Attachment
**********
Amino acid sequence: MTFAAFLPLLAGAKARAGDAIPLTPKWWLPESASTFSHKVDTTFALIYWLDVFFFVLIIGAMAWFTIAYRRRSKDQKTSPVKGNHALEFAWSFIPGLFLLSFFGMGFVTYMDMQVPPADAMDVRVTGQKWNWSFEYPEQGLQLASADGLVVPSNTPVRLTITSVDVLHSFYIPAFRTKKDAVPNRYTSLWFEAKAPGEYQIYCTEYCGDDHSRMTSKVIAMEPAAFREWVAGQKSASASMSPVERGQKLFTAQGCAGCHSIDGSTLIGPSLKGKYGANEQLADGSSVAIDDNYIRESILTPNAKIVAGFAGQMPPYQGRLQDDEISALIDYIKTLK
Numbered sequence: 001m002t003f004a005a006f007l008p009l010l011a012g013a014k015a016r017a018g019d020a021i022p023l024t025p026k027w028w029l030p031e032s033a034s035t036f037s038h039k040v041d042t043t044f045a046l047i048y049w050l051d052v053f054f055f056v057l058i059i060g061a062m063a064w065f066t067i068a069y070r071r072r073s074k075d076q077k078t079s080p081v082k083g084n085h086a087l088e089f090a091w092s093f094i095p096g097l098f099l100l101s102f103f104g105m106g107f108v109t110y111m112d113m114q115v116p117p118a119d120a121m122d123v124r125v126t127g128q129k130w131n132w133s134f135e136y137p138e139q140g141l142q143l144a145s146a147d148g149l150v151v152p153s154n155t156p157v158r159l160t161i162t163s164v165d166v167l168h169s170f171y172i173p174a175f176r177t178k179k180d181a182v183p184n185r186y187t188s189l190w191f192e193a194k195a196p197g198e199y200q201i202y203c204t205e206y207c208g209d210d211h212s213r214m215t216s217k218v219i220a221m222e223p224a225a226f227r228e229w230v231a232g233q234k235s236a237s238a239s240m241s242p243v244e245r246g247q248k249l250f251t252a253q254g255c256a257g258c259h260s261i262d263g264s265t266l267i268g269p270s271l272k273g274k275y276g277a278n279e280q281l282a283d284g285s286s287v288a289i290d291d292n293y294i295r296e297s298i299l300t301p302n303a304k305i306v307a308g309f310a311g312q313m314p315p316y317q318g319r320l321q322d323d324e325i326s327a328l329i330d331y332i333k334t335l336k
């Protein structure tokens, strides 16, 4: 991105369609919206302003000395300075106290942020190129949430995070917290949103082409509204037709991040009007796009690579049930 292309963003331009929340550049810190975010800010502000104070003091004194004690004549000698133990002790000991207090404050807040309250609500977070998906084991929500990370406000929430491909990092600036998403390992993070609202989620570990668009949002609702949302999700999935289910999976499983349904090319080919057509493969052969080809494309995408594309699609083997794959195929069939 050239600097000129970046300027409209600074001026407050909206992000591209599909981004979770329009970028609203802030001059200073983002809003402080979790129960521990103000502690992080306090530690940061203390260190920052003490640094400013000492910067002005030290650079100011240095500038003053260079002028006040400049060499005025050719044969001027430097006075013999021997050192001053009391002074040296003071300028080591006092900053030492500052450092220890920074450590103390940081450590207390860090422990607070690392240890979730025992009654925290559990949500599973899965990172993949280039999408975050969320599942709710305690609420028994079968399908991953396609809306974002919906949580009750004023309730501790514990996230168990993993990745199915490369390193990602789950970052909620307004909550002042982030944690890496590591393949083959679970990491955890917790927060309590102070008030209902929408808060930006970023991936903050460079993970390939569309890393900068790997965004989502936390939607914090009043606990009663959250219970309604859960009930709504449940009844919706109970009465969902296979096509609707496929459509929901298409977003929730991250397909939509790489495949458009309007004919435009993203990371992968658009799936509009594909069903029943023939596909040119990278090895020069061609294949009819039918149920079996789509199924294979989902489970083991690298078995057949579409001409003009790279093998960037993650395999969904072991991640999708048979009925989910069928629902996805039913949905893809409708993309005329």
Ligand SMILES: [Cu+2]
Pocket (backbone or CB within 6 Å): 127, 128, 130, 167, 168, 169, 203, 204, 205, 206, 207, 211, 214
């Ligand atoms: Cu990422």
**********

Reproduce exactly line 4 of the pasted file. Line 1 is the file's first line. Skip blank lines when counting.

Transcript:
Ligand SMILES: [Cu+2]